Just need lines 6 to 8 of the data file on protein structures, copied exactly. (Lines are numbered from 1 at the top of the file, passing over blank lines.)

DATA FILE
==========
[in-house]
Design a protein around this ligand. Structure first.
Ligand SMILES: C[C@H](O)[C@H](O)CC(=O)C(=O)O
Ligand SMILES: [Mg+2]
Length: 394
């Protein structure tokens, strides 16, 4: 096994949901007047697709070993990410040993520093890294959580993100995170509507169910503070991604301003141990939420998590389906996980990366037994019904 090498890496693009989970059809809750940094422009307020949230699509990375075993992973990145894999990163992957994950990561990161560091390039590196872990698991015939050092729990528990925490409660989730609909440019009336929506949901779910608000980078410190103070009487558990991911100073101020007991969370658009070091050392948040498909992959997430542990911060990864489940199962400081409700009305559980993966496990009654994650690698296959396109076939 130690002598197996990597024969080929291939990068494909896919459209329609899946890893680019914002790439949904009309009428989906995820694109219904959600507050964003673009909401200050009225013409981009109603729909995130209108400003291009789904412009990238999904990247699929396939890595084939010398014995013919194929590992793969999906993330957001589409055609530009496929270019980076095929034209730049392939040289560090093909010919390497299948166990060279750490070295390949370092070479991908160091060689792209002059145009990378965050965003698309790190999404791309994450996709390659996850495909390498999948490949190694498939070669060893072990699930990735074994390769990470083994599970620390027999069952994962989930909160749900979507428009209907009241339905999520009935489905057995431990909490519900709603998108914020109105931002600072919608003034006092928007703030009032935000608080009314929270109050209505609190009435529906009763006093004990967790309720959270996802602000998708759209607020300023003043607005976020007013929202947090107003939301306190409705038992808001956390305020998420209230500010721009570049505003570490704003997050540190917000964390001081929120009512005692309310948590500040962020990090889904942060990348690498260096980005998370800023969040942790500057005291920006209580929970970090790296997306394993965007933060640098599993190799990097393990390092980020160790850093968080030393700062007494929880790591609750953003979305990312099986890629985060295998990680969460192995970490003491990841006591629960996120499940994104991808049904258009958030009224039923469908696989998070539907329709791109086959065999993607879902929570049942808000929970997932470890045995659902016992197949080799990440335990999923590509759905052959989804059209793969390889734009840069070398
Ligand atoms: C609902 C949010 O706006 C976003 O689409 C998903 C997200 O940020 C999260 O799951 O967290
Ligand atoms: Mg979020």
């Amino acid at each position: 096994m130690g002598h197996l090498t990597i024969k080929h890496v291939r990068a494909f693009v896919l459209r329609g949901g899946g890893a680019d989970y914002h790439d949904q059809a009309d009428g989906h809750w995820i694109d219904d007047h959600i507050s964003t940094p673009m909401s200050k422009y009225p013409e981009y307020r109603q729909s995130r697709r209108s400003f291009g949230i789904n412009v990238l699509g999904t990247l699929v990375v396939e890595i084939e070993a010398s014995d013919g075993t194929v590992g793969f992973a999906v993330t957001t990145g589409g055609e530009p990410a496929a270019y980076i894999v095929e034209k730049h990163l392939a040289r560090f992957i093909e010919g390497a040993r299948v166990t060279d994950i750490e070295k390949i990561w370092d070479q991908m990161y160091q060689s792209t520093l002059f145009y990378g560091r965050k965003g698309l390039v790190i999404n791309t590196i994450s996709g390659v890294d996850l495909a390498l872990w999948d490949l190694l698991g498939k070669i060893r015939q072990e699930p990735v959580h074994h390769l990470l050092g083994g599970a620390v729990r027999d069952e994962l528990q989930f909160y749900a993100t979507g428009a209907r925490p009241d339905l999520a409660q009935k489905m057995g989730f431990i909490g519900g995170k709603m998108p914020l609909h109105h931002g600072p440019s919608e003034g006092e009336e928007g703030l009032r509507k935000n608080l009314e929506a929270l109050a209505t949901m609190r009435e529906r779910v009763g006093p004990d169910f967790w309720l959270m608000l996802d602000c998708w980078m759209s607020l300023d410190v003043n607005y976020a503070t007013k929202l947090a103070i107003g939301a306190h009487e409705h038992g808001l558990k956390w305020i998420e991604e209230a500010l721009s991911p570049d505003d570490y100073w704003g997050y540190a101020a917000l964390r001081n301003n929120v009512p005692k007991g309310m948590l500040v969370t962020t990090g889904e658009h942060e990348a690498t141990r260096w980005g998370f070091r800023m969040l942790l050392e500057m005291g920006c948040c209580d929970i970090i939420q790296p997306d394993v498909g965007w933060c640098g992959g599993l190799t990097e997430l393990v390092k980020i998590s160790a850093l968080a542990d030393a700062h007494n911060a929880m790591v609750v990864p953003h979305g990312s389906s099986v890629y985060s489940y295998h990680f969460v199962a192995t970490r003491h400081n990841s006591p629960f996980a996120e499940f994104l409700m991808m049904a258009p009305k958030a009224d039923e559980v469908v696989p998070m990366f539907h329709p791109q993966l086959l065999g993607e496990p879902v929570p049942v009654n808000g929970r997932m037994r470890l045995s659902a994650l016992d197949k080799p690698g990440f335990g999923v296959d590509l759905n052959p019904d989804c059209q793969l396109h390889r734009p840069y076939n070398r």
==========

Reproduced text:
């Protein structure tokens, strides 16, 4: 096994949901007047697709070993990410040993520093890294959580993100995170509507169910503070991604301003141990939420998590389906996980990366037994019904 090498890496693009989970059809809750940094422009307020949230699509990375075993992973990145894999990163992957994950990561990161560091390039590196872990698991015939050092729990528990925490409660989730609909440019009336929506949901779910608000980078410190103070009487558990991911100073101020007991969370658009070091050392948040498909992959997430542990911060990864489940199962400081409700009305559980993966496990009654994650690698296959396109076939 130690002598197996990597024969080929291939990068494909896919459209329609899946890893680019914002790439949904009309009428989906995820694109219904959600507050964003673009909401200050009225013409981009109603729909995130209108400003291009789904412009990238999904990247699929396939890595084939010398014995013919194929590992793969999906993330957001589409055609530009496929270019980076095929034209730049392939040289560090093909010919390497299948166990060279750490070295390949370092070479991908160091060689792209002059145009990378965050965003698309790190999404791309994450996709390659996850495909390498999948490949190694498939070669060893072990699930990735074994390769990470083994599970620390027999069952994962989930909160749900979507428009209907009241339905999520009935489905057995431990909490519900709603998108914020109105931002600072919608003034006092928007703030009032935000608080009314929270109050209505609190009435529906009763006093004990967790309720959270996802602000998708759209607020300023003043607005976020007013929202947090107003939301306190409705038992808001956390305020998420209230500010721009570049505003570490704003997050540190917000964390001081929120009512005692309310948590500040962020990090889904942060990348690498260096980005998370800023969040942790500057005291920006209580929970970090790296997306394993965007933060640098599993190799990097393990390092980020160790850093968080030393700062007494929880790591609750953003979305990312099986890629985060295998990680969460192995970490003491990841006591629960996120499940994104991808049904258009958030009224039923469908696989998070539907329709791109086959065999993607879902929570049942808000929970997932470890045995659902016992197949080799990440335990999923590509759905052959989804059209793969390889734009840069070398
Ligand atoms: C609902 C949010 O706006 C976003 O689409 C998903 C997200 O940020 C999260 O799951 O967290
Ligand atoms: Mg979020």